Hands-on with your Hands Off: Zero Touch Provisioning in Mobile Networks

Hana Gazoli   July 10, 2024

In the 21st century, being connected anytime and anywhere isn’t just a convenience—it’s a necessity. This drives the need for expansive mobile network coverage.  With the upcoming advancements of 5G and IoT, and with the growing demand for traffic and performance, this grid of mobile cell stations will only become tighter and denser, making the network infrastructure and deployment much greater and more complex.

With so much equipment deployed at so many locations, the old ways of manual provisioning, where technicians travel to each cell location to install and set up each cell tower one by one, is simply not an option anymore.  Minimizing field engineering resources is crucial, as it is no longer a question of cost but of viability. For Open RAN this becomes even more important, due to the technology’s nature which is based on COTS (Commercial off the shelf) servers. These require even more setup and configuration to be used as RAN equipment. Enters ZTP (Zero Touch Provisioning).  With automation of the provisioning process, ZTP does not only save massive CAPEX and OPEX, but literally enables pushing out volumes of RAN equipment to the field.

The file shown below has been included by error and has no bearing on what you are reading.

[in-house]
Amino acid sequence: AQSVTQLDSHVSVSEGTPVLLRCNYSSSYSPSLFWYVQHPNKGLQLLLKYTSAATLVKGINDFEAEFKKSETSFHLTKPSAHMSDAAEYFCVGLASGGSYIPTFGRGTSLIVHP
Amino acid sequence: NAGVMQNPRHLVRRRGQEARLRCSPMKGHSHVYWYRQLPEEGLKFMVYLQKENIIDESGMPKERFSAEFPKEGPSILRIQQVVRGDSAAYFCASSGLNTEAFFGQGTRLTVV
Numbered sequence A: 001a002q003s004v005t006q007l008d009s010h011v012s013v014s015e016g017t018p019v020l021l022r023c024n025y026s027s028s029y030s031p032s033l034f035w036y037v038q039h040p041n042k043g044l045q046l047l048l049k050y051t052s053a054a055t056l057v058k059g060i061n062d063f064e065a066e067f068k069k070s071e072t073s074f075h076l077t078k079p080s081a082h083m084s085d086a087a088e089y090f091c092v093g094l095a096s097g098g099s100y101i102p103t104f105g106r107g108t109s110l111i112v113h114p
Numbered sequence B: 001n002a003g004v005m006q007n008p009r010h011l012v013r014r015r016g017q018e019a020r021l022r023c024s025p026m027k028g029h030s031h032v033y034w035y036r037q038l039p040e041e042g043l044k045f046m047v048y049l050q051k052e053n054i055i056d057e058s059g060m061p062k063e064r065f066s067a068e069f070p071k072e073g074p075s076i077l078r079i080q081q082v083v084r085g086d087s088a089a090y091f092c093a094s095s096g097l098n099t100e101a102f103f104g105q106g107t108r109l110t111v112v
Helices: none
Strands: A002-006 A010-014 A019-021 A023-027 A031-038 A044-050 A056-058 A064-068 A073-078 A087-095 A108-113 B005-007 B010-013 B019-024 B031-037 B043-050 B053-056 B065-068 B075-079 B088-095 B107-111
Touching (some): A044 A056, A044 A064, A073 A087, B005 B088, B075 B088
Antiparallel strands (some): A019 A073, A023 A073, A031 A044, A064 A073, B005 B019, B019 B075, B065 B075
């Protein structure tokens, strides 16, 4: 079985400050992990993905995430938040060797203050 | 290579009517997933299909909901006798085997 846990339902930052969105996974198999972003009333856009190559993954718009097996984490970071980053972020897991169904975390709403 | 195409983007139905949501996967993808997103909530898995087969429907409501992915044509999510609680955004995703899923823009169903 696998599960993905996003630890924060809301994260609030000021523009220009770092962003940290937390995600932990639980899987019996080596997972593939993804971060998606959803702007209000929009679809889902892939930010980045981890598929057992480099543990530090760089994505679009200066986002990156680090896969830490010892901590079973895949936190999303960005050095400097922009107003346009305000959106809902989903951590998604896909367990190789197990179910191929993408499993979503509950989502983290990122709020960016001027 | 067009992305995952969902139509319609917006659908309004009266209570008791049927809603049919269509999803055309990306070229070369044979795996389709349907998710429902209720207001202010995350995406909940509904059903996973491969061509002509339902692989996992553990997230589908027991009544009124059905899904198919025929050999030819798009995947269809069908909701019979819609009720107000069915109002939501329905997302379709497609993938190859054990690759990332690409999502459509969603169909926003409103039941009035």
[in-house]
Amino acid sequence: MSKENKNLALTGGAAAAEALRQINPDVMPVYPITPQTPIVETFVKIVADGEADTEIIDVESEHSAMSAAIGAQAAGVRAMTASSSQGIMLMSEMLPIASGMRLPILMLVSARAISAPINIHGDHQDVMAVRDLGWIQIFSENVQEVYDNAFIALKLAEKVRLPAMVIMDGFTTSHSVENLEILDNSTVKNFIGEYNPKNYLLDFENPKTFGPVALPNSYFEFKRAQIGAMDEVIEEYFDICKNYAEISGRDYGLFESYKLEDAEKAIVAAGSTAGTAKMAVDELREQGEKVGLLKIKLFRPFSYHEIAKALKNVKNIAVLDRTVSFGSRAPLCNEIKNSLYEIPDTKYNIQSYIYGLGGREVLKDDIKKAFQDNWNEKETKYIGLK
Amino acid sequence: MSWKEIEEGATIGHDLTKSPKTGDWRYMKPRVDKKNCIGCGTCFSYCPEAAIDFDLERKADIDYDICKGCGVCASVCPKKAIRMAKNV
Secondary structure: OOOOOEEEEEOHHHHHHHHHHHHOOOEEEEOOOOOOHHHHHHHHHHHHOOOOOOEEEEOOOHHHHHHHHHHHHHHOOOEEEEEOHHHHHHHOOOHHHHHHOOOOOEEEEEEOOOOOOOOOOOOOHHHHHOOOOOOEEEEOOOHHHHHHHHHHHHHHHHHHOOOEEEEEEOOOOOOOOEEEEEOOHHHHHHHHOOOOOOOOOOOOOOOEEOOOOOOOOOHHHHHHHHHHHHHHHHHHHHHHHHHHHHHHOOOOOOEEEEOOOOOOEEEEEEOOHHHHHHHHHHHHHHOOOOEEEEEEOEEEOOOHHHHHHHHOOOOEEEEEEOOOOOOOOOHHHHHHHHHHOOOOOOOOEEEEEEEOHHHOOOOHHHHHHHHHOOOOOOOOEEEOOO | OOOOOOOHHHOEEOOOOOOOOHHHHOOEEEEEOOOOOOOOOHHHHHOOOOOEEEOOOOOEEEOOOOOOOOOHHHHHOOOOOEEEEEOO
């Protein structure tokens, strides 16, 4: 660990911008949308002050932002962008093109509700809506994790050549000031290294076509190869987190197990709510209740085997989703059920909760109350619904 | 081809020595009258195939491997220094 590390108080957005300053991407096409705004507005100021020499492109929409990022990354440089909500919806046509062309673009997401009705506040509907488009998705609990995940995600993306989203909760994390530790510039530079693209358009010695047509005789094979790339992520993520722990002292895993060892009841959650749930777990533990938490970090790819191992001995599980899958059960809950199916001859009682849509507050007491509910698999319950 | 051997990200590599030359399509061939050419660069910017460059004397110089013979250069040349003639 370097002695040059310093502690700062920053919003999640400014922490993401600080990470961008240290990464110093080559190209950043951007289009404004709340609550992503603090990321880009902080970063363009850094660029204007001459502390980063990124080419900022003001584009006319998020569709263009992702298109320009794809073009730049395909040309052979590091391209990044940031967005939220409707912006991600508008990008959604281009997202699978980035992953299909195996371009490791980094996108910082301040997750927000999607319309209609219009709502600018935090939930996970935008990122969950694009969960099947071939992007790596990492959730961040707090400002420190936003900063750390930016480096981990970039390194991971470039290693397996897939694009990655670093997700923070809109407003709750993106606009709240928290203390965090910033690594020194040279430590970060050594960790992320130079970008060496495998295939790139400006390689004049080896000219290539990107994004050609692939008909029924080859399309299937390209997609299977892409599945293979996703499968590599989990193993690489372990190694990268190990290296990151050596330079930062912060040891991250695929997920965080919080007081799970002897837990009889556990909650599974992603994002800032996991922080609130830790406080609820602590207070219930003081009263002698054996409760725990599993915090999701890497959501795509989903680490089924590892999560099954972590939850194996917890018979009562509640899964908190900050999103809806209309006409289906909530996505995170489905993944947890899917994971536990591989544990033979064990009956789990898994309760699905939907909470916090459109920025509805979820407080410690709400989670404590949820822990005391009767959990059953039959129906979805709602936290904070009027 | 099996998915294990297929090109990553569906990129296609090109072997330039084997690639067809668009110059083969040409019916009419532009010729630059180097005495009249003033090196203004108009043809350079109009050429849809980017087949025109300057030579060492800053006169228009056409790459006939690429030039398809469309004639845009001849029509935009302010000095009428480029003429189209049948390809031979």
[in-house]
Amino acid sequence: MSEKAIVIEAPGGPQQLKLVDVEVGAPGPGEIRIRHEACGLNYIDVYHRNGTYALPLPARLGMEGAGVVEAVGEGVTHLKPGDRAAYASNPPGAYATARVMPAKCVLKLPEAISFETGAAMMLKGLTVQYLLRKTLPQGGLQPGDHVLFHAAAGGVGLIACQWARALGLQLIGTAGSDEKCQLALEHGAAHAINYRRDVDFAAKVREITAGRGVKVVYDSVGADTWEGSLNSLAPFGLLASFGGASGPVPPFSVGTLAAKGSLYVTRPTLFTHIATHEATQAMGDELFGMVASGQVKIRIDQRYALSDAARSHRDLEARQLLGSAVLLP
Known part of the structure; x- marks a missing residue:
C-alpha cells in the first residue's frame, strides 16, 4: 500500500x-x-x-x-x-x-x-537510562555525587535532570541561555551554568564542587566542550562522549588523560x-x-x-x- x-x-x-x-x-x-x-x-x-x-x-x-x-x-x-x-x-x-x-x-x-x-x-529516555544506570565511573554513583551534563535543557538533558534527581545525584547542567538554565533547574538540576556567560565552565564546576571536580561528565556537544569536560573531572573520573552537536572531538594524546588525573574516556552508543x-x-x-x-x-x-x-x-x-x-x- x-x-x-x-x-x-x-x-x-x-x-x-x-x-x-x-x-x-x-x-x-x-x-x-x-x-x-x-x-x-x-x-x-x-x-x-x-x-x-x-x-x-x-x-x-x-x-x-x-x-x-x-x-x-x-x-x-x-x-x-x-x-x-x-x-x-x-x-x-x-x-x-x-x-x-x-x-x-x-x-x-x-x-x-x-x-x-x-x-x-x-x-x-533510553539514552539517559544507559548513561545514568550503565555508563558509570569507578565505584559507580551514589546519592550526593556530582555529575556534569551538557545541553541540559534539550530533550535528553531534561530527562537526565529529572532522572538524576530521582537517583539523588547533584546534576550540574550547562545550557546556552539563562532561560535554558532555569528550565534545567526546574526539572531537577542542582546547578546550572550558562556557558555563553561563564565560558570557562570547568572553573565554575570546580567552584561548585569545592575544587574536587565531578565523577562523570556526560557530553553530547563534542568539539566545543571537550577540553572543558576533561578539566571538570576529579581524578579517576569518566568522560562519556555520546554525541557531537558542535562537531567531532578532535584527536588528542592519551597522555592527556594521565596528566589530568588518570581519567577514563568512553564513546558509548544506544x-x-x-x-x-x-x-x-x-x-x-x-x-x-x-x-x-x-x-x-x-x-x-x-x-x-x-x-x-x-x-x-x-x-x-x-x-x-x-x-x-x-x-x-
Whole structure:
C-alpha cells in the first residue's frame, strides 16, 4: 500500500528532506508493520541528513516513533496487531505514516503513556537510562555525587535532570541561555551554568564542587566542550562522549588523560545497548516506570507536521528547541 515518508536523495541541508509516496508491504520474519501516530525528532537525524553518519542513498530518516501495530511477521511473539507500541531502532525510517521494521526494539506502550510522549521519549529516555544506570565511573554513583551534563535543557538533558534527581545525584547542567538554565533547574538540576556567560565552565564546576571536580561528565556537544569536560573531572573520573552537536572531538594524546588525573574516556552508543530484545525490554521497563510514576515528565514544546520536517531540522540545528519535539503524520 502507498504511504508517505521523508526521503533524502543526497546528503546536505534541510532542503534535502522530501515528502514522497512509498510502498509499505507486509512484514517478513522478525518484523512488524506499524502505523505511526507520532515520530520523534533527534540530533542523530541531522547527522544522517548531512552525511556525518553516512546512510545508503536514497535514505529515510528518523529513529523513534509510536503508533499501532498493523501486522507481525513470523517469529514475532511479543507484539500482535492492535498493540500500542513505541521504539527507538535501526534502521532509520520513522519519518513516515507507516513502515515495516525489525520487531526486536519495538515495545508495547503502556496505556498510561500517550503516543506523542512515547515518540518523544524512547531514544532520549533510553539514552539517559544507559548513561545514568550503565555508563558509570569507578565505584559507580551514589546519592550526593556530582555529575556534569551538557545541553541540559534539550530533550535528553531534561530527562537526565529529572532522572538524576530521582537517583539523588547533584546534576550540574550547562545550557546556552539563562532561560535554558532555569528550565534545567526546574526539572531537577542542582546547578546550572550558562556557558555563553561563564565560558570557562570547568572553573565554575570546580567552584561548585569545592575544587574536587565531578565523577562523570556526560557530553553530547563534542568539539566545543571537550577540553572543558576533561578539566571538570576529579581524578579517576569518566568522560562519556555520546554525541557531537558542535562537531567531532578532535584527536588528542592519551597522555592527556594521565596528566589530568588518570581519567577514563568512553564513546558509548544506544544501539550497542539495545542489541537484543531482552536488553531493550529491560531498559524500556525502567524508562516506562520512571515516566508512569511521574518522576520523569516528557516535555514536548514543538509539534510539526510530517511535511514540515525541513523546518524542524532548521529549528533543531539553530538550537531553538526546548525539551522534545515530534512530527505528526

The Complications of Provisioning

Why does it take so much time and effort to provision telecom infrastructure equipment? It starts with the basics.  Off the shelf servers are general purpose equipment.  As such, they don’t even have an operating system installed on them out of the box, not to mention cloud infrastructure, software stacks etc. Anyone that ever tried to install a home PC knows that the process is not only time consuming, but also complex, so imagine how much more complex the installation of mission-critical servers is. Beyond that, the possible configurations, network settings and optimizations are endless, making mass-installation and pre-staging equipment in the warehouse, for time saving, impractical. The configuration of each new RAN component that is deployed in the field must be aligned with all the components that are already there, and sometimes the settings of those components need to be modified as well. As the network technology advances and the demand for high performance grows, the topological characteristics and traffic patterns of the cell site, as well as those of adjacent sites, have an impact on the optimization of every network component. So, the process of provisioning is indeed a tricky one.  Beyond that, brownfield installations, where the equipment is already in the field, but the system needs to be re-installed, takes this complexity to new levels.


The Benefits of Automation